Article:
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rights, with the judgements founded upon them in our Admiralty Courts, furnish Mr. M. with a copious, though very unwarrantable, strain of crimination. To conclude the bulky pamphlet, he reviews the reasons urged in defence of the British principle, stating very fairly those used by Sir W. Scott. So clearly and unequivocally indeed do the reasons bear upon the question, that our author feels their force, and is driven into a curious situation, viz. to admit the reasonableness of the clain, bit to contend that the law of nations, being an established Code, must be the governing principle of decision. This is appropriately inconsistent, after unequivocally denying that any part of such law was specifically adapted to the subject, the case having been wholly unknown to the elder writers on the law of nations, and unnoticed by the latter; and after stating the mutable and improving condition of the principles of national intercourse.
Mr. Madison then examines Mr. Ward's publication, which he accuses very unjustly of being so vague and confused, that it is difficult to find out its real meaning. We can only account for so harsh a censure, by supposing that Mr. Madison did not chuse to understand the real meaning: for willing to give it any interpretation, but that which is obvious, he endeavours vainly to make it contradictory to the opinion of Sir W. Scott.
Alter an impartial consideration of this work, it appears to us that the principle it professes to oppose is actually conceded, though vası labour has been taken to get rid of its force, or distort its import. The view taken of the grand question is vague and defective, though tediously voluminous. Authority is crowded upon authority, cominent upon comment, with little judgement or reference to the point at issue. The language is dry, feeble, and involved, painfully minute and verbose, and ill suited either for argument or elucidation.
This pamphlet, as might have been expected, (coming from such high official authority) did not remain long without reply. The writer of Belligerent rights vindicated,' states as a reason for thus coming forward, that the great weight of the gentleman to whom the last publication is attributed, has drawn towards it so large a portion of the public attention, that it has been deemed requisite to have its inaccuracies and inconsistencies pointed out, and its unwarranted conclusions combated.'.
• In order to do this in the most satisfactory manner, no reference is made to any fact, or to a quotation from any authority, but such as are found in this reprint of the American tract itself, and to which correct reference is made.' Commencing with the rule of the war in 1756, and the principle on which it was founded, he takes a short review of its operations, and the modifications that have been made on it by the royal instructions at different times, with a view to prove that they were all restrictions upon the full rights of Great Britain. It will not be necessary to follow him in this part of the subject, nor in his comment on the laws of nations as quoted by his opponent, since we have already endeavoured to shew the fallacy of the arguments contained in the examination ; in our opinion the present writer has easily and triumphantly refuted them.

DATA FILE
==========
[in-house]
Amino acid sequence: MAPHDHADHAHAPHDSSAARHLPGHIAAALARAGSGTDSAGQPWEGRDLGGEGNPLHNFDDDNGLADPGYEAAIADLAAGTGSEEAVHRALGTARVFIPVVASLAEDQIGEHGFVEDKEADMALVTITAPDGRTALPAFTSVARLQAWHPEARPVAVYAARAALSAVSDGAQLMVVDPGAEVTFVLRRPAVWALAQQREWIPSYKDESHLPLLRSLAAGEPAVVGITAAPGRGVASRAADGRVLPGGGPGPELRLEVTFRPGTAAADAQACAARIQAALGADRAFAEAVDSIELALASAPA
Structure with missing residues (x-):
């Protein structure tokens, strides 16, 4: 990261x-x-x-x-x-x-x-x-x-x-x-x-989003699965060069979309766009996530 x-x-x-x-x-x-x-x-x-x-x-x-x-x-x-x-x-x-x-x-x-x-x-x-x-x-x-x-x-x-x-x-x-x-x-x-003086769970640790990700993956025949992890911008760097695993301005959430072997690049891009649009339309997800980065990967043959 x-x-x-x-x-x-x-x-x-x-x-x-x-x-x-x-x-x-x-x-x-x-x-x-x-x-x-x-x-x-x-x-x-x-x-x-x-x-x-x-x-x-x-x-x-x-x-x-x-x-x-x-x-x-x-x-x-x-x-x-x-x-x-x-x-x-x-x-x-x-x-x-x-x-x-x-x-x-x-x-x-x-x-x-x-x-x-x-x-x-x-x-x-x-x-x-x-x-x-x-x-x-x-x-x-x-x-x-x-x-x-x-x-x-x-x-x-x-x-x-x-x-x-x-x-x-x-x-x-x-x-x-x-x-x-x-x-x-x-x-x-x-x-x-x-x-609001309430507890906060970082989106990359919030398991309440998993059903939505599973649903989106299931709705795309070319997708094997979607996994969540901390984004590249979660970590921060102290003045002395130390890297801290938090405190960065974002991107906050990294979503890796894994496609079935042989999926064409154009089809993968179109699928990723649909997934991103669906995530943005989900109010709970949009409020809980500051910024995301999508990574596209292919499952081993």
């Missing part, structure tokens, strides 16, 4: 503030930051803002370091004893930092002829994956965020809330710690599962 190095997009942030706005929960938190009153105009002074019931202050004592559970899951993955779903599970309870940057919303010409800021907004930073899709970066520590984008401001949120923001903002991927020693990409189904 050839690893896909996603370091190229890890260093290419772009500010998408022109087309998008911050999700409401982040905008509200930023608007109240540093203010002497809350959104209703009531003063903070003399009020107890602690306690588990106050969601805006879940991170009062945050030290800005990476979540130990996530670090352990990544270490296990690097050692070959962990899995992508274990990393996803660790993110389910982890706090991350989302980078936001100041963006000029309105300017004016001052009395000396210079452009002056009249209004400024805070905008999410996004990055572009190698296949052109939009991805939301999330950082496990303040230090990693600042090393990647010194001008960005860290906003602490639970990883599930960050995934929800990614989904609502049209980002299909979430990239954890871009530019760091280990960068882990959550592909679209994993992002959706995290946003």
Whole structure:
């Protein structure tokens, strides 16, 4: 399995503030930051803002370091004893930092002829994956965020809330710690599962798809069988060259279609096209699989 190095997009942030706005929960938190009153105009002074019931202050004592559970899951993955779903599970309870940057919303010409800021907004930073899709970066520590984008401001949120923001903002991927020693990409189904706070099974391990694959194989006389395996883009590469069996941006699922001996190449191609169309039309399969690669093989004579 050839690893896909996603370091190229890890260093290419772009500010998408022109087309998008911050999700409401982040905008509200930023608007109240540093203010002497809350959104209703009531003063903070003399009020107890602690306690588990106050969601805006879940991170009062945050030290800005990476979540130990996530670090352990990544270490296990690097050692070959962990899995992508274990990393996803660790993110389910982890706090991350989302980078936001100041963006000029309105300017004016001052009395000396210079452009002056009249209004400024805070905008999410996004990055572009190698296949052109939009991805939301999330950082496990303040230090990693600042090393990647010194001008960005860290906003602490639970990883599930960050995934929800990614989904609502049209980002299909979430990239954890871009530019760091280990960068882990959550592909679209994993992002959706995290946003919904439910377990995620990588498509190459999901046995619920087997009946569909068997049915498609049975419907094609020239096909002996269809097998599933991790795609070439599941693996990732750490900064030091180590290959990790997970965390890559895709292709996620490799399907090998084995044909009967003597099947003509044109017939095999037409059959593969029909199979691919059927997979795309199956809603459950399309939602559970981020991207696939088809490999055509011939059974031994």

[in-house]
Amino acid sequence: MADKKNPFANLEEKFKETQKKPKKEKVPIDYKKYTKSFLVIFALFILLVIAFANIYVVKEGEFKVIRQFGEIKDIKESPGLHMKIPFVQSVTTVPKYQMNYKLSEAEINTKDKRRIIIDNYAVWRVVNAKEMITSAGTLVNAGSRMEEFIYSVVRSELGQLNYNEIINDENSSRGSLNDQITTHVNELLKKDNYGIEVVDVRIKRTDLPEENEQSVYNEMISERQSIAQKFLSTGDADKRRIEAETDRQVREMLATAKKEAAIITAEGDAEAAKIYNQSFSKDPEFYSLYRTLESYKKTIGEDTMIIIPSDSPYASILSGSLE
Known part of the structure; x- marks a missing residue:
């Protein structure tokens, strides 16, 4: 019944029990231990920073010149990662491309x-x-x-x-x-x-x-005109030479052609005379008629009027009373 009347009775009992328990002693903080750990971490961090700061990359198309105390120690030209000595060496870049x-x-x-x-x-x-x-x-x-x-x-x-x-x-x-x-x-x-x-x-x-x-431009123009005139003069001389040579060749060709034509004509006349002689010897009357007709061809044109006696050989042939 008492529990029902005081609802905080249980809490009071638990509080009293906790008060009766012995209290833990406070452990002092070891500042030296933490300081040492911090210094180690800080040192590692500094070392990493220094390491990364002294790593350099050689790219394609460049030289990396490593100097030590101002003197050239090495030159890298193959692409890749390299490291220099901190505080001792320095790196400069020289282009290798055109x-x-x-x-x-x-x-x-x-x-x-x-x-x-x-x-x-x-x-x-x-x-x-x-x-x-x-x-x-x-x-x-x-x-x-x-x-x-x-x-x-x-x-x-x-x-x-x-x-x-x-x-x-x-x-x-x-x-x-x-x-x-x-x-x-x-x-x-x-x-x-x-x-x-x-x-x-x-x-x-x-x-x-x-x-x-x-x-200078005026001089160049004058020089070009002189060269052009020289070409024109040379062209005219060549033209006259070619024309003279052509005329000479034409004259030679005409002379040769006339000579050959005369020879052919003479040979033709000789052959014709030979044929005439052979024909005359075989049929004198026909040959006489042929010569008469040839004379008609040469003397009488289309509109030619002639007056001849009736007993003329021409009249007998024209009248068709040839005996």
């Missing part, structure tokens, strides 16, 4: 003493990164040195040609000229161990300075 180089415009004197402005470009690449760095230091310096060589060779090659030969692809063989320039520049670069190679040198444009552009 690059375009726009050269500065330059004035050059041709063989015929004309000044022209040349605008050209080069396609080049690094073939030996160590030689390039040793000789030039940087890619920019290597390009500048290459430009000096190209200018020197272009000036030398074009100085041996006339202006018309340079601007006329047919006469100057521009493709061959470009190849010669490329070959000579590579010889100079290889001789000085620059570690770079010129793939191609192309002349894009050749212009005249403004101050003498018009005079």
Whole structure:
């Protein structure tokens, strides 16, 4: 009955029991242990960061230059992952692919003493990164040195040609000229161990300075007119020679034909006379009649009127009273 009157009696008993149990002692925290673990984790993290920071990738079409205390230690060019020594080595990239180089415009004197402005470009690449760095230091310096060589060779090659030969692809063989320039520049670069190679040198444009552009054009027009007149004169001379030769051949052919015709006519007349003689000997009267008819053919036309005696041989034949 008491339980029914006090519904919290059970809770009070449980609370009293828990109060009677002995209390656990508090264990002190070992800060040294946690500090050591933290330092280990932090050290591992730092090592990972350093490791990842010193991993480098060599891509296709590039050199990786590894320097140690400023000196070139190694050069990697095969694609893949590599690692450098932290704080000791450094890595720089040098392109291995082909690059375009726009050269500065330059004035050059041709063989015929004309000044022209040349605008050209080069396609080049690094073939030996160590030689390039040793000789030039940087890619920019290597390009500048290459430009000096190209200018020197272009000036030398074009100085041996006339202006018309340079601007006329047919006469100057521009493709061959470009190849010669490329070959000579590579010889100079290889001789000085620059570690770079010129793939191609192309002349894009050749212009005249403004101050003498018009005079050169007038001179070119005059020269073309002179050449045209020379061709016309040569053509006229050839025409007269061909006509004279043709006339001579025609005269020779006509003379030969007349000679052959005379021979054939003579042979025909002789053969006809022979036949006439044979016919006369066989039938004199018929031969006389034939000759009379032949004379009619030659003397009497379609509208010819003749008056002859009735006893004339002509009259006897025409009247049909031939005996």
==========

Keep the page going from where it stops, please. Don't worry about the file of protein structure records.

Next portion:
The evidence derived from treaties is ably turned against the author of the examination.
• Of these sixteen (the nuinber quoted by him to which Great Britain was not a party) four are between France and Holland, and are therefore only repetitions, two between Holland and Spain, and two between Holland and Sweden, which are equally so: thus these eight treaties can be taken but as three. This reduces the treaties quoted to eleven, of which six are in favour of the rule of 1756; what then becomes of this argument of the American advocate ? Besides, to what do these treaties amount ? to every one of them but two nations are parties : there was no general assent, no general recognition; they are therefore but a voluntary and positive national law between the subscribing parties, and between them alone.'
One treaty is between France and the Duke of Mecklenburg! Of the number to which Great Britain was a party, the author after a short comment, concludes that out of all these treaties,
Ten are repetitions or confirmations of those of 1713; three do not decide one way or the other, seven are said to be against Great Britain, and eight support the principle of the rule of 1756; and let it be marked and remembered by the reader, that no authority is adverted to, but such as are quoted by the American writer himself, and his account of the treaties which he brings forward is taken for granted as correct.'
The arguments adduced from the conduct of other nations is shewn to be inconclusive, because no nation has been in the condition to be injured by neutral interference in the colonial trade of her enemy, but Great Britain; since it has become a policy to open that trade in time of war which is always kept closed in time of peace.
Proceeding in the steps of Mr. Madison, our author says,